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Middle Creek ready to roll

Cliff Thompson

Vail is taking advantage of its ability to fund projects, selling tax-free municipal bonds to pay for building 142 units of affordable rental housing within walking distance of town’s main roundabout.

The Town Council has authorized $16.6 million in private activity bonds to build the Middle Creek housing project, and by so doing, hopes to both inject more vitality into Vail’s flagging economy and help solve a persistently tight affordable-housing market that typically warps the definition of “affordable.”

“This is not a town debt,” said Councilman Greg Moffet. “This (bond issue) is being done in our capacity as a conduit.”



Money to pay the bonds will be generated by rents from the project, which should vary from $540 for a studio to $1,750 for a three-bedroom apartment. Total cost of the development will be $23 million.

The project, which will have buildings up to six stories tall, will be located on a 25-acre swath on the north Frontage Road near the telecommunications tower, now operated Qwest. In addition to the rental units, the project also will include a $1 million preschool.



A lone dissenting vote came last week from Councilwoman Diana Donovan.

“I voted against this because I don’t think it meets the needs of the community,” she said, adding that if the project were put to the electorate, it would fail.

A balancing act



That’s not the only criticism the project has encountered, demonstrating the difficulty in building affordable housing in a high-priced environment. Residents of Spraddle Creek, an exclusive gated community that overlooks the site, opposed the project on a number of fronts, including density, location and appearance.

“Any large project in the town of Vail is a very difficult process,” Russell Forrest, Vail’s community development director, said earlier this year. “We hope a balance has been struck to provide a quality product that meets the goal of being “affordable.'”

Additional criticism came from the developers of other affordable housing developments within the Eagle County, who said they feared additional units would flood the market with too many affordable units.

Proponents, however, have said having residents and workers living that close to Vail Village and Lionshead will help cut down on the urban-like ski-season traffic and its attendant parking issues and provide Vail’s nearby businesses with more potential customers. That’s a big deal in Vail where an estimated 72 percent of the residences are second homes.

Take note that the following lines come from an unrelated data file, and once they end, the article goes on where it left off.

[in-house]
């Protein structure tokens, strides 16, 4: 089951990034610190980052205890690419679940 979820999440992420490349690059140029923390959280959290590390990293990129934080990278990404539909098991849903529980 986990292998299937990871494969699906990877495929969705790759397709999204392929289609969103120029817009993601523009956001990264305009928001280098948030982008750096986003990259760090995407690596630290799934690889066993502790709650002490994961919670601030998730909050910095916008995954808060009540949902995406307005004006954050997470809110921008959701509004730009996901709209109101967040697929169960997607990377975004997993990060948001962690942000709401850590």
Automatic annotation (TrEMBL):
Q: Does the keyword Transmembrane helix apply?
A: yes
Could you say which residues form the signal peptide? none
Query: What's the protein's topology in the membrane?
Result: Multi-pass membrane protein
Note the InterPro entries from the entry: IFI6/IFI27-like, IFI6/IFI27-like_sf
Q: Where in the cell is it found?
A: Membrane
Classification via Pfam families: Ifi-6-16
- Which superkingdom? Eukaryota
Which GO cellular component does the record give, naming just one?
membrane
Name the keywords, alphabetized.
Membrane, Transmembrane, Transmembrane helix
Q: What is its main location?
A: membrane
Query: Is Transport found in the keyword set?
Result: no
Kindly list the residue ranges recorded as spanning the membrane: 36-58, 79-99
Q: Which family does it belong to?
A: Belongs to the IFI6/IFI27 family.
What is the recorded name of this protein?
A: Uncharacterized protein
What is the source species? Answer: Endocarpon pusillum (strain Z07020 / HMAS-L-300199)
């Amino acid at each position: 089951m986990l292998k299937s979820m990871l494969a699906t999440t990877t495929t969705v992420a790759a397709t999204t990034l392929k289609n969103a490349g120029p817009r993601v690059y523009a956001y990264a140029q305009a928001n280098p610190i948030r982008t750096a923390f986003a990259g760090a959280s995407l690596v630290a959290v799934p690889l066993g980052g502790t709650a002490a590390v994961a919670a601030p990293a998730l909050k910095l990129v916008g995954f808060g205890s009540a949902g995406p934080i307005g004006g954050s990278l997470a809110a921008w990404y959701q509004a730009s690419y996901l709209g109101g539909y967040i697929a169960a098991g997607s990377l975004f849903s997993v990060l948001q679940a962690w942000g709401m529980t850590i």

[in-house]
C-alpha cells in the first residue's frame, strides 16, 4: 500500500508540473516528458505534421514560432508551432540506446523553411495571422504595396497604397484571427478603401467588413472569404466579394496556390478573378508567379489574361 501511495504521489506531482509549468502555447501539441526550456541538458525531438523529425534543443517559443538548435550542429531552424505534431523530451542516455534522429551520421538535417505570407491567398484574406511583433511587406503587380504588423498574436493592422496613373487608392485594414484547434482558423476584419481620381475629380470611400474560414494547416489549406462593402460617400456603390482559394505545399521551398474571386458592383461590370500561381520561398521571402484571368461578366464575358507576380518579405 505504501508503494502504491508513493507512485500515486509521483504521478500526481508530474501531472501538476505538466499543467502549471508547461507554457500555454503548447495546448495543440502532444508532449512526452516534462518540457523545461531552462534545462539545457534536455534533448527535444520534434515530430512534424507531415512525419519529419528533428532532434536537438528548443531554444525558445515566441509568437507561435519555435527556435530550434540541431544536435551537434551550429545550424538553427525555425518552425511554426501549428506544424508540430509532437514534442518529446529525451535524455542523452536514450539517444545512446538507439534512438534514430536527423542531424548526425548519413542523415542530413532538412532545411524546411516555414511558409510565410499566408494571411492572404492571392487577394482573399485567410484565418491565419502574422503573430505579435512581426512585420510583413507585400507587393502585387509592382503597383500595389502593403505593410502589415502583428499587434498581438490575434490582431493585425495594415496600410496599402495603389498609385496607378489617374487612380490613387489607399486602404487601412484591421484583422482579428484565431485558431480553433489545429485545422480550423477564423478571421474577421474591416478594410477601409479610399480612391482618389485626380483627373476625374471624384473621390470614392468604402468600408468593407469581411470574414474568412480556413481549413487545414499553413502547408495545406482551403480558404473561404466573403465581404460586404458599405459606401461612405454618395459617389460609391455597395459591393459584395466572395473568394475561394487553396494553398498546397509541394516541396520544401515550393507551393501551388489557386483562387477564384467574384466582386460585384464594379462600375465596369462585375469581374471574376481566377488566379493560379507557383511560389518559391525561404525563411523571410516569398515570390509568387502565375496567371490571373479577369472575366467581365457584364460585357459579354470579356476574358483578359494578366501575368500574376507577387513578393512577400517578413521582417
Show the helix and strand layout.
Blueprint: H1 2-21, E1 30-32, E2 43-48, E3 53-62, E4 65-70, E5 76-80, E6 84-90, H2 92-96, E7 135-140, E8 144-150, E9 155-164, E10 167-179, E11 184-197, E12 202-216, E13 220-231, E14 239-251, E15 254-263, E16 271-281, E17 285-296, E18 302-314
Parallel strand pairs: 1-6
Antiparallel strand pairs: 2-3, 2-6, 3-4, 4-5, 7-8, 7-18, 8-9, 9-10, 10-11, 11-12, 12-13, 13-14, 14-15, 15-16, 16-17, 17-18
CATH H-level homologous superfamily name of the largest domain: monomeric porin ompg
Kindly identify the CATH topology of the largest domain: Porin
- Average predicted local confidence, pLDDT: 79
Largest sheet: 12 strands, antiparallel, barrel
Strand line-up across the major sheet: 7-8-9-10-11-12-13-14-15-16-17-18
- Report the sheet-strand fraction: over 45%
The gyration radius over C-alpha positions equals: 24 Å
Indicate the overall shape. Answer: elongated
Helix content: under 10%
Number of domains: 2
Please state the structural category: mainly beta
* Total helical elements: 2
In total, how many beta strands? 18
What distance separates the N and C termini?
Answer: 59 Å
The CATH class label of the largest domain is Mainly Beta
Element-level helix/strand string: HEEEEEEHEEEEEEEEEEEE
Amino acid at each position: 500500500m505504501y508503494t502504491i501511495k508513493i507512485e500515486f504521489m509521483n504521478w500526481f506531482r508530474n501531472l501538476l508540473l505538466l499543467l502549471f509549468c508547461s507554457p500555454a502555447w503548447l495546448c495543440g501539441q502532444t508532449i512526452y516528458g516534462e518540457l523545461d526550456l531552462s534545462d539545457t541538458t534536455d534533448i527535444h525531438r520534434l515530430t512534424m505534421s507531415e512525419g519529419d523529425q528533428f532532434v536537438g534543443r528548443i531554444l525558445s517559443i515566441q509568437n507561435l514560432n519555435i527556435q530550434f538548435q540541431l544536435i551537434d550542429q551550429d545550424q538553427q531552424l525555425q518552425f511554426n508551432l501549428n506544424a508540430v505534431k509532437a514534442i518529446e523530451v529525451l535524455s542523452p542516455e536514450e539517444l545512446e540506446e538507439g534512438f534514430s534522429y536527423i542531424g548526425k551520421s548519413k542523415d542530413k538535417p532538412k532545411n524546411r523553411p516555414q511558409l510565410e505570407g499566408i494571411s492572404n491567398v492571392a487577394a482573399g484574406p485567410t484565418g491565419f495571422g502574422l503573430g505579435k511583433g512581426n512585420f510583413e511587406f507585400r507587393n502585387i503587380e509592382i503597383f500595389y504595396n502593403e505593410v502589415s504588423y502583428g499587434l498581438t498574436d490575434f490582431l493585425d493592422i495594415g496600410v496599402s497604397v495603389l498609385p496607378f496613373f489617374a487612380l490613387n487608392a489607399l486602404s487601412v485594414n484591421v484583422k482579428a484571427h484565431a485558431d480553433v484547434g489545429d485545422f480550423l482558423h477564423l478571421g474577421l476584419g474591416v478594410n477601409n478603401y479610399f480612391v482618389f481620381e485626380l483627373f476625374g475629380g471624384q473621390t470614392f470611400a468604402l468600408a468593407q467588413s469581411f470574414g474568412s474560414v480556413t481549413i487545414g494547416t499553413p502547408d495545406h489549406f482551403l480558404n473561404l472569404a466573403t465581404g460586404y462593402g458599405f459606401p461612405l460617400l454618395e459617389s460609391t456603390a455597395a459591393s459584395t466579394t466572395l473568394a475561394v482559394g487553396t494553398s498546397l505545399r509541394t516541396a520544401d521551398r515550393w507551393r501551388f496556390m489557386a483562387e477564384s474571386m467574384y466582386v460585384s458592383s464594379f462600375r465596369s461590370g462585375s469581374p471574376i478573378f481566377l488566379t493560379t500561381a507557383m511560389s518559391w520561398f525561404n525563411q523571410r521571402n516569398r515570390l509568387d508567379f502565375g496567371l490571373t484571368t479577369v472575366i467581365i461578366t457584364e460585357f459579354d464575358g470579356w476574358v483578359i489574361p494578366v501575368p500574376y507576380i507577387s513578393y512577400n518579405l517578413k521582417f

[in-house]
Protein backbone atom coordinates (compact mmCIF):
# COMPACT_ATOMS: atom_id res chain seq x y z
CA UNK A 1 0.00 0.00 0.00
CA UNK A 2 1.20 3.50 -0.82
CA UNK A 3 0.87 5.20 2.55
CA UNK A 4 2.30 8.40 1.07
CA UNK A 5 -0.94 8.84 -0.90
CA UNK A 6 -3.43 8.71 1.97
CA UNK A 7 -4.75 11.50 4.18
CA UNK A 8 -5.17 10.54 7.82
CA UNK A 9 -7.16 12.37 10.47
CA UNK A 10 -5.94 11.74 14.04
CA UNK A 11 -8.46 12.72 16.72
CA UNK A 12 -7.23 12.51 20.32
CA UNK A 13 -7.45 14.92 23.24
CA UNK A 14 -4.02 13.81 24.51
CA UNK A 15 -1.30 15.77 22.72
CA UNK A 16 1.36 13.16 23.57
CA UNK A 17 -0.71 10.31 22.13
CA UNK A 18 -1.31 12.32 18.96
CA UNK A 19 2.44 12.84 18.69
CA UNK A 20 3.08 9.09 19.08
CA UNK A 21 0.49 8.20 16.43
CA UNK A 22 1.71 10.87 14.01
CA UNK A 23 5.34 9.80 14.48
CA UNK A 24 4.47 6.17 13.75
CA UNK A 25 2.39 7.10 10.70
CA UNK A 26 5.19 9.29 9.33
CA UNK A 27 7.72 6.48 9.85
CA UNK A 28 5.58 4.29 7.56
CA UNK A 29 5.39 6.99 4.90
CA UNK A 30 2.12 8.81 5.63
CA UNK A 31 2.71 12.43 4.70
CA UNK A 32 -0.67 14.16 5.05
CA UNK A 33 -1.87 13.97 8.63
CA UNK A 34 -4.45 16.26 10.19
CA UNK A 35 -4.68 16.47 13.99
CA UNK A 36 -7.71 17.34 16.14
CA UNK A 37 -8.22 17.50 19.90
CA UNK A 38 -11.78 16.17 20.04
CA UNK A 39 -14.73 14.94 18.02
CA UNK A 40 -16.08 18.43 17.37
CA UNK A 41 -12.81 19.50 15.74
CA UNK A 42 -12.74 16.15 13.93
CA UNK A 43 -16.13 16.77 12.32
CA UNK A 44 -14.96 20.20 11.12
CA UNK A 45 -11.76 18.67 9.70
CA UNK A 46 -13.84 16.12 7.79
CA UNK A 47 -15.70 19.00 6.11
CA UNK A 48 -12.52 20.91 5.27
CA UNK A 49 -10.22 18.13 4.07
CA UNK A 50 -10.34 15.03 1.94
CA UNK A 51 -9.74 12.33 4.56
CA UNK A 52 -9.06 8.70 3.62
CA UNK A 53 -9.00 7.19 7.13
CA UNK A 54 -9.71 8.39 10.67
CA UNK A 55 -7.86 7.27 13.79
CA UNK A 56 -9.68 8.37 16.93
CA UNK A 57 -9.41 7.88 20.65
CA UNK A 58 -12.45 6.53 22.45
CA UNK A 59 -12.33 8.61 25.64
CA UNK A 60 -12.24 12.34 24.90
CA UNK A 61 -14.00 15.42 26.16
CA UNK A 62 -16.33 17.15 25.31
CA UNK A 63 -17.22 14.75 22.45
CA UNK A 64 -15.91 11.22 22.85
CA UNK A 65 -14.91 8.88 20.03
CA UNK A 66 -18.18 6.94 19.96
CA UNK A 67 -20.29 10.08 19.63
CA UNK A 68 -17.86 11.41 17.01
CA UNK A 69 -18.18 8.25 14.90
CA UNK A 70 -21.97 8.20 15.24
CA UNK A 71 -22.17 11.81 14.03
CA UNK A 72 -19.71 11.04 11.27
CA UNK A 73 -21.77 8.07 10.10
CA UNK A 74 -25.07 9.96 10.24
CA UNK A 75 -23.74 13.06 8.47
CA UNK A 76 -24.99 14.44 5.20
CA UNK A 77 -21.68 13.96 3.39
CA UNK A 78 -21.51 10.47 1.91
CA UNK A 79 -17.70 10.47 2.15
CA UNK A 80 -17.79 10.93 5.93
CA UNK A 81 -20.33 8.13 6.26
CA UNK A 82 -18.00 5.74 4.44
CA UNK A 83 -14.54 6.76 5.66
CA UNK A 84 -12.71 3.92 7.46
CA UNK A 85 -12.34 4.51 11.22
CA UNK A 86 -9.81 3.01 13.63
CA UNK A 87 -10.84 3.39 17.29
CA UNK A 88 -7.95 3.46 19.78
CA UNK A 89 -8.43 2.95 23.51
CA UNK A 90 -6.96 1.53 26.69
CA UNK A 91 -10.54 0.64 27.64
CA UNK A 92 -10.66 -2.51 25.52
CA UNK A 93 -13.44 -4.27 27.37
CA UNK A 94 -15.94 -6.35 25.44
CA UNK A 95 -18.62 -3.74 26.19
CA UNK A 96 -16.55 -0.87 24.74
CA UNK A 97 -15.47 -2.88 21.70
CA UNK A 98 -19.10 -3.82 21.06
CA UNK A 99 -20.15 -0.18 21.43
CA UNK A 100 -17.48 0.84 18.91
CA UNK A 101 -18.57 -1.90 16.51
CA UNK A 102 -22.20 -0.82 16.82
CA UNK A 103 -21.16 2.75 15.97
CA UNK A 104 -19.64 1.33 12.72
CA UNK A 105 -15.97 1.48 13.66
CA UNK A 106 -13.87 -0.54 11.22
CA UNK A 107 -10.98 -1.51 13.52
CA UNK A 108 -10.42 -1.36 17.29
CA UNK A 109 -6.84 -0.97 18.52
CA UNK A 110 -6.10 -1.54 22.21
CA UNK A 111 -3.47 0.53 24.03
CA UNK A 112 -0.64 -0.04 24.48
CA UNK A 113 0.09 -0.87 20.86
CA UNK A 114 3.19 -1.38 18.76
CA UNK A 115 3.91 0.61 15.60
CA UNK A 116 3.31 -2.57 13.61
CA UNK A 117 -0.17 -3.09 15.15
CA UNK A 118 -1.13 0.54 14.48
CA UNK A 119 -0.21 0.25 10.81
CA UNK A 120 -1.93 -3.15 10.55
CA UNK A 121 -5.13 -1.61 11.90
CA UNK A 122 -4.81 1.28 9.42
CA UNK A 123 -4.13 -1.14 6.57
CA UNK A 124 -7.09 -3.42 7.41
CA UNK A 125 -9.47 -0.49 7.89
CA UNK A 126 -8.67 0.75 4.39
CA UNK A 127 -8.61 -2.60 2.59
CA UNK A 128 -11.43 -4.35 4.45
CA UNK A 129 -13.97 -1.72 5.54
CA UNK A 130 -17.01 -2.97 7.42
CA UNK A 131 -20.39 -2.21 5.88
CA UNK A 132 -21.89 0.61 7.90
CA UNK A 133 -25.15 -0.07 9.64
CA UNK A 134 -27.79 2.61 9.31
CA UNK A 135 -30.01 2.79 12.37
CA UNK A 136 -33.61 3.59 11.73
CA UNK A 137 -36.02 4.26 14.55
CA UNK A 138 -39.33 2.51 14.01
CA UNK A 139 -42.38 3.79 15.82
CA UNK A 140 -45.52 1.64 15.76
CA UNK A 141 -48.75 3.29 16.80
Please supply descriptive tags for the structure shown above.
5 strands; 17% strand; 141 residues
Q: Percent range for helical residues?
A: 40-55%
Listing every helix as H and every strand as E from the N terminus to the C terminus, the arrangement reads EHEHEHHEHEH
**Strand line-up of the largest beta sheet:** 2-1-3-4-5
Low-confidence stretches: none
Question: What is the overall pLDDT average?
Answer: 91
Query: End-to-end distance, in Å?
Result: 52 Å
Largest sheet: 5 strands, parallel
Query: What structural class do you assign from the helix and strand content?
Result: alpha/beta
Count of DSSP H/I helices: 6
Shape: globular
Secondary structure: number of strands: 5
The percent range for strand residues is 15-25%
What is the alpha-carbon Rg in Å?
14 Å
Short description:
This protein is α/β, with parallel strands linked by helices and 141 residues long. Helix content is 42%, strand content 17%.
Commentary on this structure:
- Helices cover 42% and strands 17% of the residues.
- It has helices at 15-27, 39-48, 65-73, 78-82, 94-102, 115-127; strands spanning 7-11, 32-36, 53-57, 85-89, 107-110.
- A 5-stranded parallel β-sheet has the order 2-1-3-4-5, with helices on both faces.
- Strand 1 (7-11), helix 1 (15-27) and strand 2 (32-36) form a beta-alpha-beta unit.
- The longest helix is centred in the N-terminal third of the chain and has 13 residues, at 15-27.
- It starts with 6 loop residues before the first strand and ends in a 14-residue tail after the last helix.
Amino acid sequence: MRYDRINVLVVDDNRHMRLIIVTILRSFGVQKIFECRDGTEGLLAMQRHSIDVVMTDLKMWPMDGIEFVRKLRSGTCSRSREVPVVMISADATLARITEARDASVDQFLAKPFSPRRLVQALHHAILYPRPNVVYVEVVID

Entry-level boom

The decision to pursue the project at a time when historically low interests rates have spurred an entry-level housing boom generated some discussion last spring. Affordable housing projects are under way in Avon, Edwards and Dotsero that will bring several hundred rentable and for sale units online for the coming ski season.

Construction on Middle Park will begin later this summer, with completion expected in time for the 2004 ski season.

Denver-based developer Coughlin and Company will be developing the project in partnership with the Vail Local Housing Authority. It will be Vail’s largest affordable housing project, and its appearance is designed to mimic a European hilltown.

Vail’s last affordable housing project, the Commons built in 1994 in West Vail, also encountered resistance from nearby neighborhoods. It has largely been hailed as a success, however, bringingand 53 for-sale and 18 rental units to the market.

Timber Ridge, too

In Vail, currently there are a total of 417 deed-restricted rental and for-sale employee housing units.

Vail’s last large affordable rental housing development was the 198-unit Timber Ridge, also on the North Frontage Road about a mile west of Middle Creek. In April, the town initiated a “friendly” condemnation of the project after failing to reach an agreeable sale price with its owner, John Marks. The parties will rely on a judge to decide an equitable price for the project.

The town pursued acquiring the project after the deed-restriction on the rental units expired in 2001, meaning rents could be driven by market forces beyond “affordable” levels.

Early proposals for the project envision up to 200 units being built after the existing units are demolished.

Cliff Thompson can be reached at 949-0555 ext 450 or cthompson@vaildaily.com


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